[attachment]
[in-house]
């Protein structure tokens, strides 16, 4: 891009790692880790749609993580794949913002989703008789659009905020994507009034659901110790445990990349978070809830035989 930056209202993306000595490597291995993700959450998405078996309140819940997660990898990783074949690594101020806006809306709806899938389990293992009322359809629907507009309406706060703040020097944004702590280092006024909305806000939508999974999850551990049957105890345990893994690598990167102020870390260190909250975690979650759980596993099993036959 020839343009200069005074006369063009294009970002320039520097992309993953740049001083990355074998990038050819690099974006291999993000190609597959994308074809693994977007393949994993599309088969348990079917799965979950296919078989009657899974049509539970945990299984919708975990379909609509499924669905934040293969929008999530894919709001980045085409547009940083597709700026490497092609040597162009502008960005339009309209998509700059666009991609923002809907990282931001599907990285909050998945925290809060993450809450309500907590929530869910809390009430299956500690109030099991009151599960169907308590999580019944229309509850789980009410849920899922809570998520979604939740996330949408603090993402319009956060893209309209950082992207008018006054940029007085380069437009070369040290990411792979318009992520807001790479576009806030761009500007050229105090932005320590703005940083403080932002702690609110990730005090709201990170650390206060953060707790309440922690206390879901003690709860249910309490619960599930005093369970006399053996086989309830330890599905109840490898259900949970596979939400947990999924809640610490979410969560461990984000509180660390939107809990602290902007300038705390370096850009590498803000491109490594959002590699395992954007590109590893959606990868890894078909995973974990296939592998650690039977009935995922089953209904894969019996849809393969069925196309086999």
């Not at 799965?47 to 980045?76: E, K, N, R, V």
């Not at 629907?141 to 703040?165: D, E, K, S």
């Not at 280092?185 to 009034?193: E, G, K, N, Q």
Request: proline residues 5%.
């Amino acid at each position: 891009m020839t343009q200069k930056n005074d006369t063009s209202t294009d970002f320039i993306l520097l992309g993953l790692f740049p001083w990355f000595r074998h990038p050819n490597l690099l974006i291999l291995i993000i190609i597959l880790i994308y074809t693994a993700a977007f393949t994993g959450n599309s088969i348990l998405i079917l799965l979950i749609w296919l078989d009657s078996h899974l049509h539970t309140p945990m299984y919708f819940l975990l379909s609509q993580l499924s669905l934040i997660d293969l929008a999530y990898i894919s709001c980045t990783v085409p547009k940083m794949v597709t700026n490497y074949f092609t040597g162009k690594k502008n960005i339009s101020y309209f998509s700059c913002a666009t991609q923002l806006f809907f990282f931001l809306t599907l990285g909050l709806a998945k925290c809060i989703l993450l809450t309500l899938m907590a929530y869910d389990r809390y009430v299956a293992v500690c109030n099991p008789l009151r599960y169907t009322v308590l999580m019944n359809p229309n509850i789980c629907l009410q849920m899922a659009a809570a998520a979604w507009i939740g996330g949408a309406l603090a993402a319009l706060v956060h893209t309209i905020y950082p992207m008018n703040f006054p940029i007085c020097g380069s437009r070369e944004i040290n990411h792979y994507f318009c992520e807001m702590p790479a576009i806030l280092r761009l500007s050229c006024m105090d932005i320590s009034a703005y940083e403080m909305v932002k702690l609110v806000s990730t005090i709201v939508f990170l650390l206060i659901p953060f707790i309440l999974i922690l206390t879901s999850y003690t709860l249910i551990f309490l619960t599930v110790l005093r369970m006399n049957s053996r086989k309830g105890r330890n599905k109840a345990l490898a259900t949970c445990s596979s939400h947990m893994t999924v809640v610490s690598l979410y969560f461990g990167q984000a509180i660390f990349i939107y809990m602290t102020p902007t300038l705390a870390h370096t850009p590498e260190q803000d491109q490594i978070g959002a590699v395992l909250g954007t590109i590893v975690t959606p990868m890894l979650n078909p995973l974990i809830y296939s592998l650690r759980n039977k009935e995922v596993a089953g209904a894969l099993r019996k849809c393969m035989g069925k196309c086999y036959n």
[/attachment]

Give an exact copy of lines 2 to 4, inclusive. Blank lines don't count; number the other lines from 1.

């Protein structure tokens, strides 16, 4: 891009790692880790749609993580794949913002989703008789659009905020994507009034659901110790445990990349978070809830035989 930056209202993306000595490597291995993700959450998405078996309140819940997660990898990783074949690594101020806006809306709806899938389990293992009322359809629907507009309406706060703040020097944004702590280092006024909305806000939508999974999850551990049957105890345990893994690598990167102020870390260190909250975690979650759980596993099993036959 020839343009200069005074006369063009294009970002320039520097992309993953740049001083990355074998990038050819690099974006291999993000190609597959994308074809693994977007393949994993599309088969348990079917799965979950296919078989009657899974049509539970945990299984919708975990379909609509499924669905934040293969929008999530894919709001980045085409547009940083597709700026490497092609040597162009502008960005339009309209998509700059666009991609923002809907990282931001599907990285909050998945925290809060993450809450309500907590929530869910809390009430299956500690109030099991009151599960169907308590999580019944229309509850789980009410849920899922809570998520979604939740996330949408603090993402319009956060893209309209950082992207008018006054940029007085380069437009070369040290990411792979318009992520807001790479576009806030761009500007050229105090932005320590703005940083403080932002702690609110990730005090709201990170650390206060953060707790309440922690206390879901003690709860249910309490619960599930005093369970006399053996086989309830330890599905109840490898259900949970596979939400947990999924809640610490979410969560461990984000509180660390939107809990602290902007300038705390370096850009590498803000491109490594959002590699395992954007590109590893959606990868890894078909995973974990296939592998650690039977009935995922089953209904894969019996849809393969069925196309086999």
């Not at 799965?47 to 980045?76: E, K, N, R, V």
């Not at 629907?141 to 703040?165: D, E, K, S």